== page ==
Detailed Product Description:
A white crystalline powder, soluble in water and glycerol, slightly soluble
in alcohol. Noncombustible.
Sodium chloride, also known as common salt, table salt, or halite is the
salt most responsible for the salinity of the ocean and is present in the
extracellular fluid of many multicellular organisms.
Sodium chloride is used in many applications, from manufacturing pulp
and paper to setting dyes in textiles and fabric, to producing soaps and
detergents. It is often used to suppress the freezing point of water with a
melting ability down to temperatures of -15°C (5°F).
Sodium chloride is sometimes used as a cheap and safe desiccant due to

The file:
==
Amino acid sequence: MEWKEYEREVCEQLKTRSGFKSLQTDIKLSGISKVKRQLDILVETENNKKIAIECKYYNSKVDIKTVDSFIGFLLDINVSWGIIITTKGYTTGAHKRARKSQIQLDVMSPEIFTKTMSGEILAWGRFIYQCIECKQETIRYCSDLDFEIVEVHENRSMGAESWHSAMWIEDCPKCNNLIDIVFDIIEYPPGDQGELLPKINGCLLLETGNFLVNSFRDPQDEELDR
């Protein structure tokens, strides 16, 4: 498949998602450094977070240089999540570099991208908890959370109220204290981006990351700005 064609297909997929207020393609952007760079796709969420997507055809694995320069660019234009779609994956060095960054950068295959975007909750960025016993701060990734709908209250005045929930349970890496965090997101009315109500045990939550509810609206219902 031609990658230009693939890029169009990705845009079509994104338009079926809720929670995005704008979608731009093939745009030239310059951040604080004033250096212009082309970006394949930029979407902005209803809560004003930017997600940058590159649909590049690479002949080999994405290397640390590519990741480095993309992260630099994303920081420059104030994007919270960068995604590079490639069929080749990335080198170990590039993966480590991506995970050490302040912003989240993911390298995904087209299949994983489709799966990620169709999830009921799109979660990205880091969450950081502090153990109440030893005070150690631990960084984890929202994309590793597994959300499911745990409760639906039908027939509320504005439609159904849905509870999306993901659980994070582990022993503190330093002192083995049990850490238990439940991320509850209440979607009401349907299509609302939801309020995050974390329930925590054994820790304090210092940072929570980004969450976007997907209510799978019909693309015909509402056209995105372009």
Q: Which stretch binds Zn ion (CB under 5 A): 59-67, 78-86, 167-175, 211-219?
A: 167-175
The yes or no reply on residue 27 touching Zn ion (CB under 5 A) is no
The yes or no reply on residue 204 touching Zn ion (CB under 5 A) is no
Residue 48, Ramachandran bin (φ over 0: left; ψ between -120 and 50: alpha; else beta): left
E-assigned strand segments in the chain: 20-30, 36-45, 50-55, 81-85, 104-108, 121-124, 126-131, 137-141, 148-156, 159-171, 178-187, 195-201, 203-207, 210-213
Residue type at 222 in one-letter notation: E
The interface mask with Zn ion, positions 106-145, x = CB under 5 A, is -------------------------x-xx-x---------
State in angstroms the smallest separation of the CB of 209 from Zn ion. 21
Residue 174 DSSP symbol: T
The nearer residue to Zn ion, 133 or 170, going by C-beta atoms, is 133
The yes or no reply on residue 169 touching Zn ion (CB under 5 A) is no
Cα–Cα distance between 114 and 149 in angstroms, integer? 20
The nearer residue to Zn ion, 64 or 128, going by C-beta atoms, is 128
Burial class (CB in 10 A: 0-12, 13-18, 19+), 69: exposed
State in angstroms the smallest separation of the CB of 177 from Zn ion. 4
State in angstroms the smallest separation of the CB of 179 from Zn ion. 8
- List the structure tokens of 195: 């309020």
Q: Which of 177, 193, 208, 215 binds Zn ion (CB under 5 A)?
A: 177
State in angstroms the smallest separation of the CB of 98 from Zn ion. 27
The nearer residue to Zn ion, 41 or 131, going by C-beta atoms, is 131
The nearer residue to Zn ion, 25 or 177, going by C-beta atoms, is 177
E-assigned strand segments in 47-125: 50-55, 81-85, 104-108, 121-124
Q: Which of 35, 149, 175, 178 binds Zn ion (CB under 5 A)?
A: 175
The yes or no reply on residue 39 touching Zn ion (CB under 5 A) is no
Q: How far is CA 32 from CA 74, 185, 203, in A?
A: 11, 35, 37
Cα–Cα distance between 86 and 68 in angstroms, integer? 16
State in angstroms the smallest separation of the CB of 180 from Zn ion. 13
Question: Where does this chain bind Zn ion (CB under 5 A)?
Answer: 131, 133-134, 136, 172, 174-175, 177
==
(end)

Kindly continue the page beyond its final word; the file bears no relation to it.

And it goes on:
its hygroscopic properties, making salting an effective method of food
preservation historically. Even though more effective desiccants are
available, few are safe for humans to ingest.
Sodium chloride is also the raw material used to produce chlorine which
itself is required for the production of many modern materials ranging
from polyvinyl chloride (PVC) to pesticides. Industrially, elemental
chlorine is usually produced by the electrolysis of sodium chloride dissolved
Sodium metal is produced commercially through the electrolysis of liquid
sodium chloride. This is done in a “Down’s cell” in which sodium chloride
is mixed with calcium chloride to lower the melting point below 700 °C.
Sodium chloride is used in other chemical processes for the large-scale
production of compounds containing sodium or chlorine. In the “Solvay process,”
sodium chloride is used for producing sodium carbonate and calcium chloride.
In the “Mannheim process” and in the “Hargreaves process.” It is used for the
production of sodium sulfate and hydrochloric acid.